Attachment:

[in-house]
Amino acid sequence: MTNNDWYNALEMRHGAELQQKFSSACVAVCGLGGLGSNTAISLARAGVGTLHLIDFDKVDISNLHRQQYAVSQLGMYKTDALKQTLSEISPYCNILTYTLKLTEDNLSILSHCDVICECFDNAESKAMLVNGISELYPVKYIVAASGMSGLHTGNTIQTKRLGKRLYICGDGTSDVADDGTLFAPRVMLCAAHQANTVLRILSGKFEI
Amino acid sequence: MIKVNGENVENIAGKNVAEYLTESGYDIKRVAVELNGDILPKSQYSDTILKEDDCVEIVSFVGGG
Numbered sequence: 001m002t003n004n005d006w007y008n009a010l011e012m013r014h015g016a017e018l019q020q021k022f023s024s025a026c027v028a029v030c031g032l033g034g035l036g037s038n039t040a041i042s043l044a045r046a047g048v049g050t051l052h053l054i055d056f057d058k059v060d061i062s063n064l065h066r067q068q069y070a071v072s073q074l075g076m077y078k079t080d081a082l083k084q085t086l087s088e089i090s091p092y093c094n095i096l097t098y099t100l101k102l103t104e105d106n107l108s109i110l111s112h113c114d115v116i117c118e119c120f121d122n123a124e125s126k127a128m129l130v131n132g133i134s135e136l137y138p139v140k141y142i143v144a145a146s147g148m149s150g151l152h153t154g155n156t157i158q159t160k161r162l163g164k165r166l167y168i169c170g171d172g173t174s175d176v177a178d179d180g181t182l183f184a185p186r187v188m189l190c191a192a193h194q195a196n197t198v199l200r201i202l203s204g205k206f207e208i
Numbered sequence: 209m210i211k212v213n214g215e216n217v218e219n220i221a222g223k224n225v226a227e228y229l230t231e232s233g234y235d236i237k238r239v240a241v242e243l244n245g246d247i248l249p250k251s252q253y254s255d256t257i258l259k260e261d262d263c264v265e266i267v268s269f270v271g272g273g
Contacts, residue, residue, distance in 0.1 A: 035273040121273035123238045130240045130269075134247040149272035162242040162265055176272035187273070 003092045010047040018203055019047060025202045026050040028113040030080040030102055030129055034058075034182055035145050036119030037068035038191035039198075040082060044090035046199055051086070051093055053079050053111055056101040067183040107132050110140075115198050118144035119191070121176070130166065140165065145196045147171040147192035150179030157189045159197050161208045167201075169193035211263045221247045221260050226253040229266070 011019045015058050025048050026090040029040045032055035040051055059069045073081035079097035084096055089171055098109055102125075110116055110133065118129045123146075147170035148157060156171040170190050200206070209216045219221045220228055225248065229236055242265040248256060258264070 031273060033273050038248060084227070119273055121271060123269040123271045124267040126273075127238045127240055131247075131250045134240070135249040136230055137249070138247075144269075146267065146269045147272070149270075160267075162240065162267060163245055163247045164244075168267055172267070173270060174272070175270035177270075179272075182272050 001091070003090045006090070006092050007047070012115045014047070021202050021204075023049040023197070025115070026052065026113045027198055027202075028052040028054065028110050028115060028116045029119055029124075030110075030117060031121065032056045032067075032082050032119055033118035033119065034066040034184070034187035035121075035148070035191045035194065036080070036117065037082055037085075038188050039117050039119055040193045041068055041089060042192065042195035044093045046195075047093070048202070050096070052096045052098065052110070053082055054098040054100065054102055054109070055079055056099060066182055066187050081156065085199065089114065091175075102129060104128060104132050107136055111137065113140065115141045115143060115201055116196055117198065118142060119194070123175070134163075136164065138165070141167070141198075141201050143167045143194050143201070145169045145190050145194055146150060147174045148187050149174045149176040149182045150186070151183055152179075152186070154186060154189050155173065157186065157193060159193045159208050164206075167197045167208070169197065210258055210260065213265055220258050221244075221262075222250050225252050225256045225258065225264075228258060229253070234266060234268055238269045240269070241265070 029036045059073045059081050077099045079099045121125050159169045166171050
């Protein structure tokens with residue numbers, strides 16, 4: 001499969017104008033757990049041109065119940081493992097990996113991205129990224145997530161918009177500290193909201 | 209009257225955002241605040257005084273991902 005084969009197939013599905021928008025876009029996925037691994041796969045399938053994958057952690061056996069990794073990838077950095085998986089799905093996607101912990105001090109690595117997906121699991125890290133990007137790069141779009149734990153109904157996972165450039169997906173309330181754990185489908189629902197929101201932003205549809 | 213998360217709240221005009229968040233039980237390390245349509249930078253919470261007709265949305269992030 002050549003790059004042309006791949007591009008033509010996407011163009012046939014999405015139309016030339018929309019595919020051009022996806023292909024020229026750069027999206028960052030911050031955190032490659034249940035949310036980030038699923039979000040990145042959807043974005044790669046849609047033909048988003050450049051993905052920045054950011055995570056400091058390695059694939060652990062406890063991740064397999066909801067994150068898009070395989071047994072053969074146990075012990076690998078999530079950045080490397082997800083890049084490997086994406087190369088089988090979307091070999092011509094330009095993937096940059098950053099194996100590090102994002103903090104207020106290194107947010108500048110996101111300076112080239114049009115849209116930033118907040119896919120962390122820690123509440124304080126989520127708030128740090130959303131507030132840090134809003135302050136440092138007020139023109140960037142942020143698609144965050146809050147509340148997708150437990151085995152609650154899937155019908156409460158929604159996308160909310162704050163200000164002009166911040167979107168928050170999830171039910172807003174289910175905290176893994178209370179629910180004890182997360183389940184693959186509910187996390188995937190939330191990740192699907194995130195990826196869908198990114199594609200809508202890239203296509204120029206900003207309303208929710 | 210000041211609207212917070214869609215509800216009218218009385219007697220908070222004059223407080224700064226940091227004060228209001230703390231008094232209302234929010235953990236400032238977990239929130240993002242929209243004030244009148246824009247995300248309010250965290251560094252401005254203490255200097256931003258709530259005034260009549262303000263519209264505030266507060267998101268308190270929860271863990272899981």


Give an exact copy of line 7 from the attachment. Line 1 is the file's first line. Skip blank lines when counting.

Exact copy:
């Protein structure tokens with residue numbers, strides 16, 4: 001499969017104008033757990049041109065119940081493992097990996113991205129990224145997530161918009177500290193909201 | 209009257225955002241605040257005084273991902 005084969009197939013599905021928008025876009029996925037691994041796969045399938053994958057952690061056996069990794073990838077950095085998986089799905093996607101912990105001090109690595117997906121699991125890290133990007137790069141779009149734990153109904157996972165450039169997906173309330181754990185489908189629902197929101201932003205549809 | 213998360217709240221005009229968040233039980237390390245349509249930078253919470261007709265949305269992030 002050549003790059004042309006791949007591009008033509010996407011163009012046939014999405015139309016030339018929309019595919020051009022996806023292909024020229026750069027999206028960052030911050031955190032490659034249940035949310036980030038699923039979000040990145042959807043974005044790669046849609047033909048988003050450049051993905052920045054950011055995570056400091058390695059694939060652990062406890063991740064397999066909801067994150068898009070395989071047994072053969074146990075012990076690998078999530079950045080490397082997800083890049084490997086994406087190369088089988090979307091070999092011509094330009095993937096940059098950053099194996100590090102994002103903090104207020106290194107947010108500048110996101111300076112080239114049009115849209116930033118907040119896919120962390122820690123509440124304080126989520127708030128740090130959303131507030132840090134809003135302050136440092138007020139023109140960037142942020143698609144965050146809050147509340148997708150437990151085995152609650154899937155019908156409460158929604159996308160909310162704050163200000164002009166911040167979107168928050170999830171039910172807003174289910175905290176893994178209370179629910180004890182997360183389940184693959186509910187996390188995937190939330191990740192699907194995130195990826196869908198990114199594609200809508202890239203296509204120029206900003207309303208929710 | 210000041211609207212917070214869609215509800216009218218009385219007697220908070222004059223407080224700064226940091227004060228209001230703390231008094232209302234929010235953990236400032238977990239929130240993002242929209243004030244009148246824009247995300248309010250965290251560094252401005254203490255200097256931003258709530259005034260009549262303000263519209264505030266507060267998101268308190270929860271863990272899981």